Glaucoma patients who are older (55+) or have abnormal levels of anticardiolipin antibody experience more rapid visual field loss than other patients with glaucoma, according to a study in the August 9 online edition of Archives of Ophthalmology.1 However, a modest reduction in IOP significantly reduced their visual field loss.

In this study, the researchers evaluated 216 participants with primary open-angle glaucoma to determine if rates of visual field change were affected by various demographic and systemic factors, such as age, female gender or abnormal anticardiolipin antibody level. Following baseline visual field measurements, the patients were given standard treatment for IOP reduction and their visual fields were re-evaluated every four months to assess progression.

At the end of the study, the researchers concluded that patients with abnormal levels of anticardiolipin antibodies or those of advanced age experienced the fastest rates of visual field decline.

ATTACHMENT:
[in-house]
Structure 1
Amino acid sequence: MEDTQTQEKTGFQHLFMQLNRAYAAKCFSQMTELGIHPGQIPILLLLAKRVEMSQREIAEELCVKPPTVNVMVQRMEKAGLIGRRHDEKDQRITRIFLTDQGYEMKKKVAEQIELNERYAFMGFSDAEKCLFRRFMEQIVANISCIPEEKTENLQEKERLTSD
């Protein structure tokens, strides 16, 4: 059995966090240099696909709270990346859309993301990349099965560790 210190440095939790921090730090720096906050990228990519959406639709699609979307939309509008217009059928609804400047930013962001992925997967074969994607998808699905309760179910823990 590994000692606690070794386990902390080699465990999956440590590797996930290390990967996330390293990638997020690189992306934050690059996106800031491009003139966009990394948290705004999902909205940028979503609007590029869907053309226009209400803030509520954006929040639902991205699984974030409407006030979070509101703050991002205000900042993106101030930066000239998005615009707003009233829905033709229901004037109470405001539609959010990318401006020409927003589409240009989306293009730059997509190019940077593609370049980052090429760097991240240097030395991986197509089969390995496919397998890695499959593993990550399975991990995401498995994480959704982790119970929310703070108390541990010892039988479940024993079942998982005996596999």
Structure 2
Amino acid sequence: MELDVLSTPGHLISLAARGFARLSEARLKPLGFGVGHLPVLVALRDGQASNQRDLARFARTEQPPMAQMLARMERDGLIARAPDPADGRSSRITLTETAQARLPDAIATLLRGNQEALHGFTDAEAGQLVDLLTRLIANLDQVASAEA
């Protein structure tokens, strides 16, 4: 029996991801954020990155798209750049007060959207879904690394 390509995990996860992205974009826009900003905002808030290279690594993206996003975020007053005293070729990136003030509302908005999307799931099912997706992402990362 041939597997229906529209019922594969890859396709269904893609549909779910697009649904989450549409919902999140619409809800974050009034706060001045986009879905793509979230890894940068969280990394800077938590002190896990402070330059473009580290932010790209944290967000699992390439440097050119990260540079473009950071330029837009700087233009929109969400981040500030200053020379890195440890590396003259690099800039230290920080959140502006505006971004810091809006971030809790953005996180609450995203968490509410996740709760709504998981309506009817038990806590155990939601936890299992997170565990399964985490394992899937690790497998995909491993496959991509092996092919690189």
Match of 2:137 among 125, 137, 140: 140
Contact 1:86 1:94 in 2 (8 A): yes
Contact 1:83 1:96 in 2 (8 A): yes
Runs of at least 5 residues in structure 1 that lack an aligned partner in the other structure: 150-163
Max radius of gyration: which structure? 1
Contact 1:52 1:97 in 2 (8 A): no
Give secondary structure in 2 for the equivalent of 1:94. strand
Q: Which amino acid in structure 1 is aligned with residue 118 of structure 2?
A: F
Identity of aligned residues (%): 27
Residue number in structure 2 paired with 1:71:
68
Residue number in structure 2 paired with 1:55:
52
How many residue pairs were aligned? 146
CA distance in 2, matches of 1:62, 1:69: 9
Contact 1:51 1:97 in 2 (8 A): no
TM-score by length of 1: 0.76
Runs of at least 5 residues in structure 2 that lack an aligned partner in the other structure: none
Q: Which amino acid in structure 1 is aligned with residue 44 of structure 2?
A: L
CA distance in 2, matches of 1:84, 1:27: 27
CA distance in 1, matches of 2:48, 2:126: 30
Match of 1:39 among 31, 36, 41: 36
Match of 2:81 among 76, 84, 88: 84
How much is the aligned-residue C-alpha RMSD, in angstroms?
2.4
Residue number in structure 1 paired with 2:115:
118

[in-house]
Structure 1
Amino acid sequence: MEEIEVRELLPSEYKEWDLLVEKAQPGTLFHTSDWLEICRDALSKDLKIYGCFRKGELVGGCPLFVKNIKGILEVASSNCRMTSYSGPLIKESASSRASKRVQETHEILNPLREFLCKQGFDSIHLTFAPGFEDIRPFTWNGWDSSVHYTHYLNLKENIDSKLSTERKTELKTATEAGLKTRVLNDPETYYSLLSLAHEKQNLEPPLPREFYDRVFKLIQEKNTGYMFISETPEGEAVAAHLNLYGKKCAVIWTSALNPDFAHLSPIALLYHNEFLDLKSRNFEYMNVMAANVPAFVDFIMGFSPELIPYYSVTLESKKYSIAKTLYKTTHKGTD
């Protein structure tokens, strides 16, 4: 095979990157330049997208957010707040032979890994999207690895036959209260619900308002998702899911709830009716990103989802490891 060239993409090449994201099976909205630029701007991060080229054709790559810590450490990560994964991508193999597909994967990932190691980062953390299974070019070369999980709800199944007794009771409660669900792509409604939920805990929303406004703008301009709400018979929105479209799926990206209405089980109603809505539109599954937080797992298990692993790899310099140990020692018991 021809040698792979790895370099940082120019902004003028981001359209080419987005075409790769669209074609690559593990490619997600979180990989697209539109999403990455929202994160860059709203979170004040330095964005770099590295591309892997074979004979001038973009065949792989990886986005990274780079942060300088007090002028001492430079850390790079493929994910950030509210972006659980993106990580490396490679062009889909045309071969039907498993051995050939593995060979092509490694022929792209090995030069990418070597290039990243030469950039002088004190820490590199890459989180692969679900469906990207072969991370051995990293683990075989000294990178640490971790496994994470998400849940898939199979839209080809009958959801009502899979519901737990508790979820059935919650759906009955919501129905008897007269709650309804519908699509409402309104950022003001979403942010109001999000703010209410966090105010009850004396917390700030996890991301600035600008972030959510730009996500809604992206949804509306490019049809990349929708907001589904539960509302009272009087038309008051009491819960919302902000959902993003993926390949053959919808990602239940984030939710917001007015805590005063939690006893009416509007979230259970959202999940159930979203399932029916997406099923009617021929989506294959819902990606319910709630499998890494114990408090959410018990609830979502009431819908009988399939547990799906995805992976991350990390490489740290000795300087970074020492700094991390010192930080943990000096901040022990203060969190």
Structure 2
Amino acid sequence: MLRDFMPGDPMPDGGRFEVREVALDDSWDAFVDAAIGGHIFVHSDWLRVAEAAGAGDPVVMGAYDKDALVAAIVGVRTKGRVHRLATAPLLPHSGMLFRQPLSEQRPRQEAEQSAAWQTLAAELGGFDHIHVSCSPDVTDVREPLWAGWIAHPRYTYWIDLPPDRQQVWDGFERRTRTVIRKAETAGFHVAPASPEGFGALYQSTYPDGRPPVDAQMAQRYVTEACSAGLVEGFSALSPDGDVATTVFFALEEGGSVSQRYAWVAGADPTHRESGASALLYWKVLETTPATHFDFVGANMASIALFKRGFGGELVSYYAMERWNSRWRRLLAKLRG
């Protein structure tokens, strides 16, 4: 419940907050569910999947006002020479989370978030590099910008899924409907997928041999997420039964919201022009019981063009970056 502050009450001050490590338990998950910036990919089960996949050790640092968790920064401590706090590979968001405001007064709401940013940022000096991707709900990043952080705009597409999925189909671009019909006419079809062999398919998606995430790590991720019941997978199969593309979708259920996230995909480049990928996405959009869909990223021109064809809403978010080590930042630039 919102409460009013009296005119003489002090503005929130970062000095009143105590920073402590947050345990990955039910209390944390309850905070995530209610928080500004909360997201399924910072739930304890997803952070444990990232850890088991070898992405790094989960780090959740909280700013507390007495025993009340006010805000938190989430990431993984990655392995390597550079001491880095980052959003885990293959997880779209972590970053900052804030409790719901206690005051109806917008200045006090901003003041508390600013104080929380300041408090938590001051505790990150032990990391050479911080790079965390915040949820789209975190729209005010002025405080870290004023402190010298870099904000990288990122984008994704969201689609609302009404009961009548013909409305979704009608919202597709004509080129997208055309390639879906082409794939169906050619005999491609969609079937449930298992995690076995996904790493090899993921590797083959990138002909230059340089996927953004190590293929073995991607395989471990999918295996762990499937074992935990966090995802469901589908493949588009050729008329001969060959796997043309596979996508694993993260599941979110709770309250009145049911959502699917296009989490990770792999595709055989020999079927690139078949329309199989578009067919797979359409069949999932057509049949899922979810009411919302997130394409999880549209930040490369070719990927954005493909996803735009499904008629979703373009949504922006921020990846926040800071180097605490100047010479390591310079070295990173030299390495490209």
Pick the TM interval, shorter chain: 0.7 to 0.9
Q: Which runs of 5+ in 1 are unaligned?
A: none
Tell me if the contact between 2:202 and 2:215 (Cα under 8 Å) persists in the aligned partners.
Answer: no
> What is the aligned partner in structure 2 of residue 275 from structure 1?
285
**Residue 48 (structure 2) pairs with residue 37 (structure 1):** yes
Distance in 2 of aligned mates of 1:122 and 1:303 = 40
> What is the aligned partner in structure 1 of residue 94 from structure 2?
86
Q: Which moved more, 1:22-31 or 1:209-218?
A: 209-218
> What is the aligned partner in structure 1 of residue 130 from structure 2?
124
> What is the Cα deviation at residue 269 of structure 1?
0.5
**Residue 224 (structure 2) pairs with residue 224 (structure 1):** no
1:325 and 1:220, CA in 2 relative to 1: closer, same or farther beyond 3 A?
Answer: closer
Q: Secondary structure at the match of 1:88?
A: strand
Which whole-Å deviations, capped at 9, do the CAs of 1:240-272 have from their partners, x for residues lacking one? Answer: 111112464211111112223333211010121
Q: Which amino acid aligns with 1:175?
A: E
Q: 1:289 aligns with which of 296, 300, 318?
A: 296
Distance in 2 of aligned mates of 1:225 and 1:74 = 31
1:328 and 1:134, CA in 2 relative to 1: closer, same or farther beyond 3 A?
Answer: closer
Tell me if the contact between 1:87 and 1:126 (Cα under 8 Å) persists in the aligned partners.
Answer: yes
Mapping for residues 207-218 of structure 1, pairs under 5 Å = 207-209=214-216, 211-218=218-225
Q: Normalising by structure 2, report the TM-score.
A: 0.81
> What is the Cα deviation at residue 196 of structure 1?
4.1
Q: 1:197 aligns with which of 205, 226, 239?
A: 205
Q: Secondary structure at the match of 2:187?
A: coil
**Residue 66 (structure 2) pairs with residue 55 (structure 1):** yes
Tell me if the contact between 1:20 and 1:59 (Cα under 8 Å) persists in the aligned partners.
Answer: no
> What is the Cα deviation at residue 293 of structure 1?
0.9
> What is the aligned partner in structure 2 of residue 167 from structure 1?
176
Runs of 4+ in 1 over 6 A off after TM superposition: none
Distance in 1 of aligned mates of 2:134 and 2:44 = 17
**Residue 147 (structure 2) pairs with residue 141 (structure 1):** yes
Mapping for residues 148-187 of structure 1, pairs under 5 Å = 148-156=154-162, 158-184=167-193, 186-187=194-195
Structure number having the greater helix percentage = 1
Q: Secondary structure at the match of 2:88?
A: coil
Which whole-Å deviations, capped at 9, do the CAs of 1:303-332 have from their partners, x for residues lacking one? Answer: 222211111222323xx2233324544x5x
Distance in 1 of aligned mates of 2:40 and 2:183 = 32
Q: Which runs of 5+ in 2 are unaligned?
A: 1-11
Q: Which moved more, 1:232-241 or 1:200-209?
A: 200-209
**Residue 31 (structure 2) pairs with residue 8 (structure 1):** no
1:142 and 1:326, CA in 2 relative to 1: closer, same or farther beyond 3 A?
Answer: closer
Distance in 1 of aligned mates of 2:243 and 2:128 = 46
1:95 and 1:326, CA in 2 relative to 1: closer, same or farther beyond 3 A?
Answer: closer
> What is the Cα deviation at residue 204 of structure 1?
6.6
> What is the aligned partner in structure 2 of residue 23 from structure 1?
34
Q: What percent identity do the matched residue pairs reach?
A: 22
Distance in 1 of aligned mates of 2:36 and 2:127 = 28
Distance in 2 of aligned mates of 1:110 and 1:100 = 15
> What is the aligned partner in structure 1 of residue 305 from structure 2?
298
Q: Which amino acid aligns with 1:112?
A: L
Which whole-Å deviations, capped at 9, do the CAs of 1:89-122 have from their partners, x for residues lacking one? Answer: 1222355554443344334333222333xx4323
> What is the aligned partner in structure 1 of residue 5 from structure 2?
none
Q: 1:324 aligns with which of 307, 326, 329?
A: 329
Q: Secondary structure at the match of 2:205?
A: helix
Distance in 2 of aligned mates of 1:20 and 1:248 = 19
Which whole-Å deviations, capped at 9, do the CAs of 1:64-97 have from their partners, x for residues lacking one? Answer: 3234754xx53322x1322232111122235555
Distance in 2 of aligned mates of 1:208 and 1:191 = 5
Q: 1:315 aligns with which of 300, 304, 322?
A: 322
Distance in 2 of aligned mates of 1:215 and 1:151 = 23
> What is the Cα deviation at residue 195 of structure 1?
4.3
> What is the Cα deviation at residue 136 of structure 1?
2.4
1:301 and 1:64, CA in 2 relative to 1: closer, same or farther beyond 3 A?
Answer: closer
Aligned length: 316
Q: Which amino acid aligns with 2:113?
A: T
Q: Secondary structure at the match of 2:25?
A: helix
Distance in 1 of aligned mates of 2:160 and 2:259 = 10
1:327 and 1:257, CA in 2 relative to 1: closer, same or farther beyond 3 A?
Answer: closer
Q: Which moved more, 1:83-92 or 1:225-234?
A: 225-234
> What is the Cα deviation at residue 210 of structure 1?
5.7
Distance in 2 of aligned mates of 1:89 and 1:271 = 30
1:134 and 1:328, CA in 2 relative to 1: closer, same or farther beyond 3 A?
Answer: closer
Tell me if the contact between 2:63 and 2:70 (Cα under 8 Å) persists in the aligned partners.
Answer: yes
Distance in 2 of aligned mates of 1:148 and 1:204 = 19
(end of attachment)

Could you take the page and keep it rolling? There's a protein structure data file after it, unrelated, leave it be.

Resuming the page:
Additionally, the researchers determined that a modest IOP reduction in these patients significantly reduced their rates of visual field loss.

In a related study published in the September issue of Ophthalmology, researchers in the Netherlands examined 6,630 patients with primary open-angle glaucoma for 10 years to investigate the influence of risk factors for open-angle glaucoma and better predict rates of visual field loss.2

At the conclusion of the study, the researchers determined that the development of glaucomatous visual field loss was associated with higher IOP, older age, high myopia, male gender, a positive family history of glaucoma, and a larger baseline vertical cup-to-disc ratio.

1. Chauhan BC, Mikelberg FS, Artes PH, et al. Canadian Glaucoma Study: 3. Impact of risk factors and intraocular pressure reduction on the rates of visual field change. Arch Ophthalmol. 2010 Aug 9. [Epub ahead of print]
2. Czudowska MA, Ramdas WD, Wolfs RC, et al. Incidence of glaucomatous visual field loss: A ten-year follow-up from the Rotterdam Study. Ophthalmology. 2010 Sep;117(9):1705-12.